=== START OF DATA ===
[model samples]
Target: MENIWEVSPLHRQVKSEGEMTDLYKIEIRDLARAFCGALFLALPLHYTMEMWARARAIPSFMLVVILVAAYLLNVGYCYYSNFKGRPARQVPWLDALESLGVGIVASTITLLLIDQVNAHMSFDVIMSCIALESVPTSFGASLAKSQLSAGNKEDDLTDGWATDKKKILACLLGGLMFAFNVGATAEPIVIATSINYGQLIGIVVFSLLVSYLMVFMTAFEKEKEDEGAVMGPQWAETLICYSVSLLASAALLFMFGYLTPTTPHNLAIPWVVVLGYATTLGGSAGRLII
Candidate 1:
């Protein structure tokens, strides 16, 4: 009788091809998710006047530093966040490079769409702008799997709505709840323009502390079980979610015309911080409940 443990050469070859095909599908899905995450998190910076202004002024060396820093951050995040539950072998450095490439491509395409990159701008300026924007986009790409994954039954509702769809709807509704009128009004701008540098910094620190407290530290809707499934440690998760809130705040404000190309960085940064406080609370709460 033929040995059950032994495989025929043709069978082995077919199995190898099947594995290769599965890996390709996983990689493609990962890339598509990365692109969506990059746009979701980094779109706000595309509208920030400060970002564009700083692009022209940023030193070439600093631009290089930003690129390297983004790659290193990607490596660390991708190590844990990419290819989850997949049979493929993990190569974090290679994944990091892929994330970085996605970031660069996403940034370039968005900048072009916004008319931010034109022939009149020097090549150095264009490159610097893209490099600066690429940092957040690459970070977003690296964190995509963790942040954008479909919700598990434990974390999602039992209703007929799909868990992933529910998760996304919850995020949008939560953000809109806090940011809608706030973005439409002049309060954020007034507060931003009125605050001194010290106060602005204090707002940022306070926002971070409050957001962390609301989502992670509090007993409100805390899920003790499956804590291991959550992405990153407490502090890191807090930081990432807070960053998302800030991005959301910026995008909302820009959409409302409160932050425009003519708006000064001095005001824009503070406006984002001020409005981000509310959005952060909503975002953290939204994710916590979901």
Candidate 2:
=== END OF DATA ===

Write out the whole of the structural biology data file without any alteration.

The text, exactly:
[model samples]
Target: MENIWEVSPLHRQVKSEGEMTDLYKIEIRDLARAFCGALFLALPLHYTMEMWARARAIPSFMLVVILVAAYLLNVGYCYYSNFKGRPARQVPWLDALESLGVGIVASTITLLLIDQVNAHMSFDVIMSCIALESVPTSFGASLAKSQLSAGNKEDDLTDGWATDKKKILACLLGGLMFAFNVGATAEPIVIATSINYGQLIGIVVFSLLVSYLMVFMTAFEKEKEDEGAVMGPQWAETLICYSVSLLASAALLFMFGYLTPTTPHNLAIPWVVVLGYATTLGGSAGRLII
Candidate 1:
């Protein structure tokens, strides 16, 4: 009788091809998710006047530093966040490079769409702008799997709505709840323009502390079980979610015309911080409940 443990050469070859095909599908899905995450998190910076202004002024060396820093951050995040539950072998450095490439491509395409990159701008300026924007986009790409994954039954509702769809709807509704009128009004701008540098910094620190407290530290809707499934440690998760809130705040404000190309960085940064406080609370709460 033929040995059950032994495989025929043709069978082995077919199995190898099947594995290769599965890996390709996983990689493609990962890339598509990365692109969506990059746009979701980094779109706000595309509208920030400060970002564009700083692009022209940023030193070439600093631009290089930003690129390297983004790659290193990607490596660390991708190590844990990419290819989850997949049979493929993990190569974090290679994944990091892929994330970085996605970031660069996403940034370039968005900048072009916004008319931010034109022939009149020097090549150095264009490159610097893209490099600066690429940092957040690459970070977003690296964190995509963790942040954008479909919700598990434990974390999602039992209703007929799909868990992933529910998760996304919850995020949008939560953000809109806090940011809608706030973005439409002049309060954020007034507060931003009125605050001194010290106060602005204090707002940022306070926002971070409050957001962390609301989502992670509090007993409100805390899920003790499956804590291991959550992405990153407490502090890191807090930081990432807070960053998302800030991005959301910026995008909302820009959409409302409160932050425009003519708006000064001095005001824009503070406006984002001020409005981000509310959005952060909503975002953290939204994710916590979901």
Candidate 2: